In June, San Diego voters approved Prop. A, despite warnings that doing so would make the city ineligible for tens of millions of dollars in state loans and grants. Since then, there’s been almost no discussion on what happens if those warnings prove true.
The state law that cuts San Diego off takes effect on Jan. 1, 2013. Meanwhile, the city continues to submit applications for state assistance—for $31.1 million in low-interest loans from the Clean Water State Revolving Fund (CWSRF) program and for a $264,000 grant from Caltrans last month alone.
Chris Stevens, a supervisor with the CWSRF, which provides local governments with low-interest loans for wastewater, sewer and water-reclamation projects, told CityBeat that his department is working to process the city’s applications—San Diego’s got $74 million-worth pending, he said—but some, perhaps all, won’t make the deadline.
“We’ve had a number of discussions with the city, and after Jan. 1, we won’t be able to execute any agreements to finance any of their projects,” Stevens said.
Those projects include replacement of an aging drinking-water pipeline under University Avenue and needed upgrades to the city’s wastewater-treatment plant.
Pitched to voters as a way to level the playing field between union and non-union contractors, Prop. A was part of a larger, statewide push by Associated Builders and Contractors (ABC), a staunchly anti-union national trade group, to put an end to project-labor agreements (PLAs). PLAs are prehire work agreements for large projects—like hospitals, stadiums and water-treatment plants—that are considered union-friendly because unions do the negotiating for the folks who’ll be employed under the contract.
Even though the San Diego City Council’s never required a PLA on a project, Prop. A’s proponents described it as a preemptive measure. Campaign spokesperson Eric Christen told KPBS in May that Prop. A would keep the City Council from “even having the opportunity” to consider a PLA.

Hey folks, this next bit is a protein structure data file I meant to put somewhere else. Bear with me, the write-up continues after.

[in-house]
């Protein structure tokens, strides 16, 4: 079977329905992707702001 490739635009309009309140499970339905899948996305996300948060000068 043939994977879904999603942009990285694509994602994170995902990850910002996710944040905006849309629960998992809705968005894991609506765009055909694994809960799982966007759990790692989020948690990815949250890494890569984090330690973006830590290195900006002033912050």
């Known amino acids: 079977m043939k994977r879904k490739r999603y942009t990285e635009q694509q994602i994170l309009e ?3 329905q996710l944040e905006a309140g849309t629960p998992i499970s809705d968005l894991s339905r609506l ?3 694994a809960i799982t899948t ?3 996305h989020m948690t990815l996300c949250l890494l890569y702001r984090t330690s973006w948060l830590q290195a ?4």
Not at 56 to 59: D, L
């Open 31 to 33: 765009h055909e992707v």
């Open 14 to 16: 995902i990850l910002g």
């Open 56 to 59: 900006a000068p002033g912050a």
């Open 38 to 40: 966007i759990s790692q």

This didn’t sit well with the Democrat-controlled California Legislature, which had watched PLA bans get enacted by a number of local governments, including Oceanside and Chula Vista. Just weeks before the June election, the Legislature passed SB 829, which said that any local government that bans PLAs would be ineligible for state construction grants and loans. To put this into perspective, San Diego received $36 million in state funding in 2010 and $158 million in 2011, according to the city’s Independent Budget Analyst.
Assemblymember Brian Jones, whose district includes a portion of San Diego, argued that the Legislature was “usurping the will of the voters.”
Toni Atkins, an Assembly member and former San Diego City Council member, countered that it’s PLA bans that usurp local control.
“I want my community to have those options,” Atkins argued at a hearing on SB 829. “You can use PLAs, or you don’t have to use PLAs. That, to me, is a pretty simple statement.”
SB 829 passed easily and was signed by Gov. Jerry Brown on April 27.
Leading up to the June election, Prop. A’s supporters pointed to language in the bill that, they argued, protected it from SB 829: Prop. A would be moot if a PLA were required as a condition of the receipt of federal or state funds. But the City Attorney’s analysis of the bill questioned whether that exception would hold up.
“As of the deadline for publication, it is unclear whether the proposition, if approved, would affect future state funding of City construction projects,” the analysis said. “It will be up to the California Attorney General, and possibly the courts, to determine whether state funding will be affected for City construction projects.”
A spokesperson for the Attorney General’s office said that, so far, no such determination’s been made.
But to state Controller John Chiang, the law’s impact seemed clear enough. A mailer sent out the first week in May by the campaign opposing Prop. A included this warning from Chiang—if the measure passed, “San Diego will no longer be eligible to receive state grants for local construction projects.” And on May 29, Fitch Ratings issued a press release stating that “if state funding ceases due to possible voter approval of a ban on project labor agreements, [it] could place downward pressure on the city’s bond ratings.”
In the run-up to the June election, San Diego City Attorney Jan Goldsmith declined to comment on whether he’d challenge SB 829 should Prop. A pass; Goldsmith’s spokesperson didn’t respond to CityBeat’s questions for this story by press time. Neither did a number of elected officials CityBeat contacted to ask whether they’d been told how the city plans to handle a pending cutoff from state funds.
In an email, City Councilmember Todd Gloria said he believed Prop. A had been discussed only in closed session—the venue where the council discusses potential litigation—“so I can’t comment on it,” he added.
A spokesperson for the city’s publicutilities department said everything’s been “business as usual,” but, according to minutes from a September meeting of the Independent Rates Oversight Committee, the board that advises the mayor and City Council on public-utilities matters, Jeanne Cole, a public-utilities program manager, told the committee that the city will “most likely be impacted by Prop. A.”